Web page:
• Can Bangladesh become a welfare state?

    The National Social Security Strategy approved by the Cabinet in 2015 points to a strong political commitment of Bangladesh to become a welfare state.

  • What ails the commercial research industry?

    Here is an example of an organisation that benefitted substantially from research: Courtyard by Marriott found out that business travellers needed hassle-free service, relevant information, and time to relax during their travels. They made their check-in and check-out procedures efficient; seeded their website with maps, restaurant types and locations, and promotional materials; and introduced quiet lounges which didn't have music or TV noise to cause distraction. I don't need to elaborate on Marriott's customer satisfaction ratings or their bottom line!

  • The biggest disruption is in jobs

    The 20th Anniver-sary of the Asian financial crisis and 10th Anniversary of the North Atlantic financial crisis brought back a sense of déjà vu—we have been here before.

  • UK'S trade and development commitment to Bangladesh

    Trade flourishes where there are high levels of education, developed financial sectors, strong governance, accountable institutions, and transparency that combats corruption.

  • Instilling a strong work ethic early in life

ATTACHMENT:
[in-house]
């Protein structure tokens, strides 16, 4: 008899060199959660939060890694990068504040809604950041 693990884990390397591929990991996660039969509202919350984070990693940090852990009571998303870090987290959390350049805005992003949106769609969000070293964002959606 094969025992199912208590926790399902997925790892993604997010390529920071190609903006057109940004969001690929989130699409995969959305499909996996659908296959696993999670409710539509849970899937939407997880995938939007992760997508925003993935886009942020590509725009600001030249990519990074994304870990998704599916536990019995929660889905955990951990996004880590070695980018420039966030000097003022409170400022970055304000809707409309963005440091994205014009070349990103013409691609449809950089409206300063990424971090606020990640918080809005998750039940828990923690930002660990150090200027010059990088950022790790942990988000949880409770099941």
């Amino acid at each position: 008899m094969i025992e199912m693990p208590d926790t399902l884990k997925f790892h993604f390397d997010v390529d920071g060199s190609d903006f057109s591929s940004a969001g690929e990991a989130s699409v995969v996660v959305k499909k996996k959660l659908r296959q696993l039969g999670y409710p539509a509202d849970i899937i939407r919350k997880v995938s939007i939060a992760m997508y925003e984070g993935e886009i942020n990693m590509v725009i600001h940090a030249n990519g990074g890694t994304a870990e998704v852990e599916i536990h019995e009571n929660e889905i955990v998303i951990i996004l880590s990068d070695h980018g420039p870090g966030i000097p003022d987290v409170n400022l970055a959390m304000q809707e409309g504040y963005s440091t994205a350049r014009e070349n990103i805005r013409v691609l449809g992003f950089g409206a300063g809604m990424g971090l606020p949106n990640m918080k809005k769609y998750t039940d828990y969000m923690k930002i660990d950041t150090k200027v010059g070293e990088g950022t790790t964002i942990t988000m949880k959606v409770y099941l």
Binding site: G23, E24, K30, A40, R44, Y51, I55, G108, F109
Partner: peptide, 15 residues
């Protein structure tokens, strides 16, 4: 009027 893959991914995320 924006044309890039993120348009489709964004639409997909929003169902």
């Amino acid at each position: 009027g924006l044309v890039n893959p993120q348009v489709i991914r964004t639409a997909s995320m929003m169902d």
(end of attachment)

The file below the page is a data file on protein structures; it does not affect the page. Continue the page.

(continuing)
. On one side, commentators are rightly holding the government accountable to generate enhanced youth-based human capital growth. However, on the other side, we also need to look at non-public policy factors which are preventing individuals in Bangladesh from being employed.

  • Are South Asian countries ready to meet the targets of SDGs by 2030?

    How should we read the SDGs as far as the priorities of the South Asian countries are concerned? In my view, SDG 7 (affordable and clean energy), SDG 8 (decent work and economic growth) and SDG 9 (industry, innovation, and infrastructure) are at the heart of priorities mainly because of the fact that South Asian countries have national priorities aligned with these SDGs, and more importantly, these SDGs have strong linkages with other SDGs.

  • Budgetary allocation for energy is not enough

    Has the finance minister addressed these issues and is this budget adequate to meet the challenges stated above? An equally important issue is this: do the responsible agencies have the capacity and capability of implementing such a large budget?

  • The curious case of rice price hike

    A minister was telling me the other day that if people don't mind spending Tk. 300 on a cheese burger, why can't they afford a little more for rice?

  • Budget without a basis

    Our finance minister has proposed a mega budget of Tk 4,00,266 crore for FY2017-18, of which Tk 1,53,331 crore is earmarked for Annual Development Programme (ADP).